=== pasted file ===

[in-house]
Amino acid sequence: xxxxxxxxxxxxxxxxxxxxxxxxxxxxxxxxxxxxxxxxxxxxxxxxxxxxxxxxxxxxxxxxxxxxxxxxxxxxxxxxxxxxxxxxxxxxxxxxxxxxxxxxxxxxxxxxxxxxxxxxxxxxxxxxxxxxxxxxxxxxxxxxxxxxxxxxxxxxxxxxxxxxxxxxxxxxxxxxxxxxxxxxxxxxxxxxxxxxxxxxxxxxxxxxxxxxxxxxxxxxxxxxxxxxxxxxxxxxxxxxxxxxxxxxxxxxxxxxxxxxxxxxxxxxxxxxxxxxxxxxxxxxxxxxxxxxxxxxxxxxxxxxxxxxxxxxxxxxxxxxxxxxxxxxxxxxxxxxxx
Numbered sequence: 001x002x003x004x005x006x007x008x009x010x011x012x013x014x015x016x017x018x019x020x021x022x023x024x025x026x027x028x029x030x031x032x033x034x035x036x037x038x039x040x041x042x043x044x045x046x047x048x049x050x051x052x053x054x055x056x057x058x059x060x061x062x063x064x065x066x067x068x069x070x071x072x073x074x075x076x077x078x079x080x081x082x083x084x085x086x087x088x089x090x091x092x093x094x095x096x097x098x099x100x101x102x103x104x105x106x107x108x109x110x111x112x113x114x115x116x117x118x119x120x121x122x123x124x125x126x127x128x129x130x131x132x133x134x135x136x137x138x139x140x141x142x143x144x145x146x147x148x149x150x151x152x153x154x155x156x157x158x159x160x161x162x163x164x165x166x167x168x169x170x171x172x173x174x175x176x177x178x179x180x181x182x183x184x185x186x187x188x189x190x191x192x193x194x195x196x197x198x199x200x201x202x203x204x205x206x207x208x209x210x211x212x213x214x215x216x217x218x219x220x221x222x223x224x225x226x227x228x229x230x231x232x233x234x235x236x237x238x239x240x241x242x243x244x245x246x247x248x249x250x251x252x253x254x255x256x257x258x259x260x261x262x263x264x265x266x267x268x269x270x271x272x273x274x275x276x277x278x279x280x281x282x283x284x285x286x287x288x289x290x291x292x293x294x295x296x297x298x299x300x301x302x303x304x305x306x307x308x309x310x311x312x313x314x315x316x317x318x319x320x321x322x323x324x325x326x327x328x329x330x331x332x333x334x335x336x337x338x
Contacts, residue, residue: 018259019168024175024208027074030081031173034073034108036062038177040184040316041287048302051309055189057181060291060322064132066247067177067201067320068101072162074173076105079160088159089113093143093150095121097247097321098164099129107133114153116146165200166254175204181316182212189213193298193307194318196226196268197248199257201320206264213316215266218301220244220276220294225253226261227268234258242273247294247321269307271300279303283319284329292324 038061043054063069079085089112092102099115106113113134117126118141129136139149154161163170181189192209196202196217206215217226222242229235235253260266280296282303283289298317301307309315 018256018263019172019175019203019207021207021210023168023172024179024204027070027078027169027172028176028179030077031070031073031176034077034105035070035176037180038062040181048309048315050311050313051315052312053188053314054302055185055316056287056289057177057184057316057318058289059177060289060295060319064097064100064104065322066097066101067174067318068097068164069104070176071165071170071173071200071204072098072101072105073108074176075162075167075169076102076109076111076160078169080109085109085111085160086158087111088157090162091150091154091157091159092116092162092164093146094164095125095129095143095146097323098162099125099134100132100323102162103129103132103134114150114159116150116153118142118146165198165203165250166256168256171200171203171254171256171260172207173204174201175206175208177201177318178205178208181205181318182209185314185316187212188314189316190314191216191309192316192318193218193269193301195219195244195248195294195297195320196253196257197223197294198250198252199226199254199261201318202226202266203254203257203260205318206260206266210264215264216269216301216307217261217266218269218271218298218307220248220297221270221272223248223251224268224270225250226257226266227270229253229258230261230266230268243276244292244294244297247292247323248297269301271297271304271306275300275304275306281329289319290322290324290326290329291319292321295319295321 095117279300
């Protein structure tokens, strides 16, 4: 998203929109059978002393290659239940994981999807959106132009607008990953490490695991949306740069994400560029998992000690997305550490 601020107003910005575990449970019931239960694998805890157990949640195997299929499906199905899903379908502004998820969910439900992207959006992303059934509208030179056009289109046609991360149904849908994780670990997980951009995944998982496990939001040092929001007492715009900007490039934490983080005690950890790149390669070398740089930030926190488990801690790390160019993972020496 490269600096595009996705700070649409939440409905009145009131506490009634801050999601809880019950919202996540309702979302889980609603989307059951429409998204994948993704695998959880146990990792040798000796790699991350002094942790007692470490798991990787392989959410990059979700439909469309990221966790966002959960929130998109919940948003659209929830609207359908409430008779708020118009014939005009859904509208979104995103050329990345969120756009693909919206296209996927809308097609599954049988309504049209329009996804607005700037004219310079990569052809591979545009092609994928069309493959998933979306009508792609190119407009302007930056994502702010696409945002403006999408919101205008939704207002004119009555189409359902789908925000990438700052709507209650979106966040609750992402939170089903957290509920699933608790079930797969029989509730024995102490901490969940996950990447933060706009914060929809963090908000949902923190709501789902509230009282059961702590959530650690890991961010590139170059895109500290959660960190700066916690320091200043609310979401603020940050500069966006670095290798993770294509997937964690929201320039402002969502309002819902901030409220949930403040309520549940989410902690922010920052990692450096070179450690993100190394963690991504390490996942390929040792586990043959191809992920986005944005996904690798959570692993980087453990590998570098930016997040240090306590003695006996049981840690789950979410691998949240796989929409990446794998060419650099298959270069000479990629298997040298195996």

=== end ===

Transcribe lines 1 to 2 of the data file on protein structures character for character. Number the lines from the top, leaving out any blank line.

[in-house]
Amino acid sequence: xxxxxxxxxxxxxxxxxxxxxxxxxxxxxxxxxxxxxxxxxxxxxxxxxxxxxxxxxxxxxxxxxxxxxxxxxxxxxxxxxxxxxxxxxxxxxxxxxxxxxxxxxxxxxxxxxxxxxxxxxxxxxxxxxxxxxxxxxxxxxxxxxxxxxxxxxxxxxxxxxxxxxxxxxxxxxxxxxxxxxxxxxxxxxxxxxxxxxxxxxxxxxxxxxxxxxxxxxxxxxxxxxxxxxxxxxxxxxxxxxxxxxxxxxxxxxxxxxxxxxxxxxxxxxxxxxxxxxxxxxxxxxxxxxxxxxxxxxxxxxxxxxxxxxxxxxxxxxxxxxxxxxxxxxxxxxxxxxx